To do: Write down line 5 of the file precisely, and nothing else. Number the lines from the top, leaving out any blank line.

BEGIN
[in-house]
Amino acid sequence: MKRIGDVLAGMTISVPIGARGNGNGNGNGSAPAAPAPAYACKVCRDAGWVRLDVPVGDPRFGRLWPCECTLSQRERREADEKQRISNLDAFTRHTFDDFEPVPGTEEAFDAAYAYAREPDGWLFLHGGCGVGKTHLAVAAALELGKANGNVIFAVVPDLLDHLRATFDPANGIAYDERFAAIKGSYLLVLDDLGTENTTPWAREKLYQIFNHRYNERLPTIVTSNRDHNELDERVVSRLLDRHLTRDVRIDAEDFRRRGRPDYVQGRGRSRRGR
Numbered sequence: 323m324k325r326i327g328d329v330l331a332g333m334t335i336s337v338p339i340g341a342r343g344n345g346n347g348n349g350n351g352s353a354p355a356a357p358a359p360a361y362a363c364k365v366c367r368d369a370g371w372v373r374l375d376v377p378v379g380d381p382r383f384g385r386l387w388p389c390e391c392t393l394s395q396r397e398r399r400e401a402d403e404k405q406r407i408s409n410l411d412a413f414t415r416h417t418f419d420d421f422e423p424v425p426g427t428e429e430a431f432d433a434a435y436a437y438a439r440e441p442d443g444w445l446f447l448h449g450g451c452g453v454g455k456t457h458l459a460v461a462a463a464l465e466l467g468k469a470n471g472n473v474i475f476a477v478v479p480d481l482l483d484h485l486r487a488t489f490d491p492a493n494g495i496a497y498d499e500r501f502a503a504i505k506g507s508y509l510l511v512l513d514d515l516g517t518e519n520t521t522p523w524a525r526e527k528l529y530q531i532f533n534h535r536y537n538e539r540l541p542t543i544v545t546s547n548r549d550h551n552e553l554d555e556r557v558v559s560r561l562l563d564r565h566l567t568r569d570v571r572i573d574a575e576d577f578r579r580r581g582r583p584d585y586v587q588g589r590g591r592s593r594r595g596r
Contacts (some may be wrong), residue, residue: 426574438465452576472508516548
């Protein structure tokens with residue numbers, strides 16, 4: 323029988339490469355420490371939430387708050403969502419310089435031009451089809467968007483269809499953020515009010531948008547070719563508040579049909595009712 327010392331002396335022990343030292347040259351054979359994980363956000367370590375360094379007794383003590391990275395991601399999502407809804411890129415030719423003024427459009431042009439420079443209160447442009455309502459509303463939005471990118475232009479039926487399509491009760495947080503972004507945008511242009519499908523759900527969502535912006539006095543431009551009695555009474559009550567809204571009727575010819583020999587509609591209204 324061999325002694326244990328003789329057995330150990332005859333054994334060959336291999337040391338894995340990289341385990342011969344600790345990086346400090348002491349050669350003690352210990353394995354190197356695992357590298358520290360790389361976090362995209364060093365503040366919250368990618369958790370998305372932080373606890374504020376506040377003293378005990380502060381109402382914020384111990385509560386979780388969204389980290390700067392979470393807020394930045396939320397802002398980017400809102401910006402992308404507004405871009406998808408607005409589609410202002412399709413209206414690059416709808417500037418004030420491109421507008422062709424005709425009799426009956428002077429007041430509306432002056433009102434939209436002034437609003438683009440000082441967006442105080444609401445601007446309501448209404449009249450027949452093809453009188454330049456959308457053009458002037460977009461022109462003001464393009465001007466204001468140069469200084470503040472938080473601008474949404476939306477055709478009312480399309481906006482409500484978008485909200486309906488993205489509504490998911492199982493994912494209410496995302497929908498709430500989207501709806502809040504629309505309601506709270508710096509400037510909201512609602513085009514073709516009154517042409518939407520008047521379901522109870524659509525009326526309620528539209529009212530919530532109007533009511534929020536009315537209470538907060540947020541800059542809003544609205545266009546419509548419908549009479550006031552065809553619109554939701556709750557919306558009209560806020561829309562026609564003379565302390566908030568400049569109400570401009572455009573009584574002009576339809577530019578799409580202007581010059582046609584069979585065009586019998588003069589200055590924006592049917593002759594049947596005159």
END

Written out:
């Protein structure tokens with residue numbers, strides 16, 4: 323029988339490469355420490371939430387708050403969502419310089435031009451089809467968007483269809499953020515009010531948008547070719563508040579049909595009712 327010392331002396335022990343030292347040259351054979359994980363956000367370590375360094379007794383003590391990275395991601399999502407809804411890129415030719423003024427459009431042009439420079443209160447442009455309502459509303463939005471990118475232009479039926487399509491009760495947080503972004507945008511242009519499908523759900527969502535912006539006095543431009551009695555009474559009550567809204571009727575010819583020999587509609591209204 324061999325002694326244990328003789329057995330150990332005859333054994334060959336291999337040391338894995340990289341385990342011969344600790345990086346400090348002491349050669350003690352210990353394995354190197356695992357590298358520290360790389361976090362995209364060093365503040366919250368990618369958790370998305372932080373606890374504020376506040377003293378005990380502060381109402382914020384111990385509560386979780388969204389980290390700067392979470393807020394930045396939320397802002398980017400809102401910006402992308404507004405871009406998808408607005409589609410202002412399709413209206414690059416709808417500037418004030420491109421507008422062709424005709425009799426009956428002077429007041430509306432002056433009102434939209436002034437609003438683009440000082441967006442105080444609401445601007446309501448209404449009249450027949452093809453009188454330049456959308457053009458002037460977009461022109462003001464393009465001007466204001468140069469200084470503040472938080473601008474949404476939306477055709478009312480399309481906006482409500484978008485909200486309906488993205489509504490998911492199982493994912494209410496995302497929908498709430500989207501709806502809040504629309505309601506709270508710096509400037510909201512609602513085009514073709516009154517042409518939407520008047521379901522109870524659509525009326526309620528539209529009212530919530532109007533009511534929020536009315537209470538907060540947020541800059542809003544609205545266009546419509548419908549009479550006031552065809553619109554939701556709750557919306558009209560806020561829309562026609564003379565302390566908030568400049569109400570401009572455009573009584574002009576339809577530019578799409580202007581010059582046609584069979585065009586019998588003069589200055590924006592049917593002759594049947596005159």